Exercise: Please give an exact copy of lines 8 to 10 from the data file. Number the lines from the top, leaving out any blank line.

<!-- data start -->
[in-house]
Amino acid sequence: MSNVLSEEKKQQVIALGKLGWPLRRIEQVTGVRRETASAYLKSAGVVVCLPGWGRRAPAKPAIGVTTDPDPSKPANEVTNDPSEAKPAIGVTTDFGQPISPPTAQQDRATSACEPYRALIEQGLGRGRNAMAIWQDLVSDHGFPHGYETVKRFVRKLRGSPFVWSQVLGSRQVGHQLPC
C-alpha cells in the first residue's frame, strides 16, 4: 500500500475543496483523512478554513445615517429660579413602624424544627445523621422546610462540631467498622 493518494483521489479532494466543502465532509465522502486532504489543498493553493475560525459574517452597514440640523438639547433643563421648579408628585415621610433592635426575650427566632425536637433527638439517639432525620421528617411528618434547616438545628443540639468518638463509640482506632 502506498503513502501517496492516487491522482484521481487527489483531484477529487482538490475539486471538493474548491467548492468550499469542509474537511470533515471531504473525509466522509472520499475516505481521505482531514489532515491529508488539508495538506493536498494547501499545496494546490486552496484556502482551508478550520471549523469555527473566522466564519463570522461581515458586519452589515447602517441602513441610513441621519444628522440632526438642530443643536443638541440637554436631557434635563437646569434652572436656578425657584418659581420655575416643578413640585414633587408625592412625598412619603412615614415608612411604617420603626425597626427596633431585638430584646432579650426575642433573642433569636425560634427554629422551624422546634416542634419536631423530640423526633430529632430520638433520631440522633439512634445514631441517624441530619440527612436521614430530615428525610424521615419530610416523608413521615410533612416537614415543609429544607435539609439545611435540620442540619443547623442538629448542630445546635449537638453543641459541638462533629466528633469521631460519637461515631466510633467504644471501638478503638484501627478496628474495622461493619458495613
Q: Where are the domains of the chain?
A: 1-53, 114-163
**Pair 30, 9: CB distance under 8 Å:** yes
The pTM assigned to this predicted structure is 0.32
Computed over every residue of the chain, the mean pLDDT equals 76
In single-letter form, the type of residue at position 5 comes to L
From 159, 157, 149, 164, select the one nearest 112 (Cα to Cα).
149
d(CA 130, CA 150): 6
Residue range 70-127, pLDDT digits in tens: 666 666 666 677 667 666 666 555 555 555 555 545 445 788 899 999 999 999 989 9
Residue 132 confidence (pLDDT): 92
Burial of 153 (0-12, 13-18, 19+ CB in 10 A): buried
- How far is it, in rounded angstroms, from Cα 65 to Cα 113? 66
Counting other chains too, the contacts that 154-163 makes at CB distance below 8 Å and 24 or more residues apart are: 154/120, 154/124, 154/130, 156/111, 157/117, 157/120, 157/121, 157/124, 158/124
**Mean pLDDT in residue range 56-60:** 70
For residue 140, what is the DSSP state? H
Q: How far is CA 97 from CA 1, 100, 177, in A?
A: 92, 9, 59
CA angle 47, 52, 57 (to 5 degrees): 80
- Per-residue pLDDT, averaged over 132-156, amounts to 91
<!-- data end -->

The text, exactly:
Computed over every residue of the chain, the mean pLDDT equals 76
In single-letter form, the type of residue at position 5 comes to L
From 159, 157, 149, 164, select the one nearest 112 (Cα to Cα).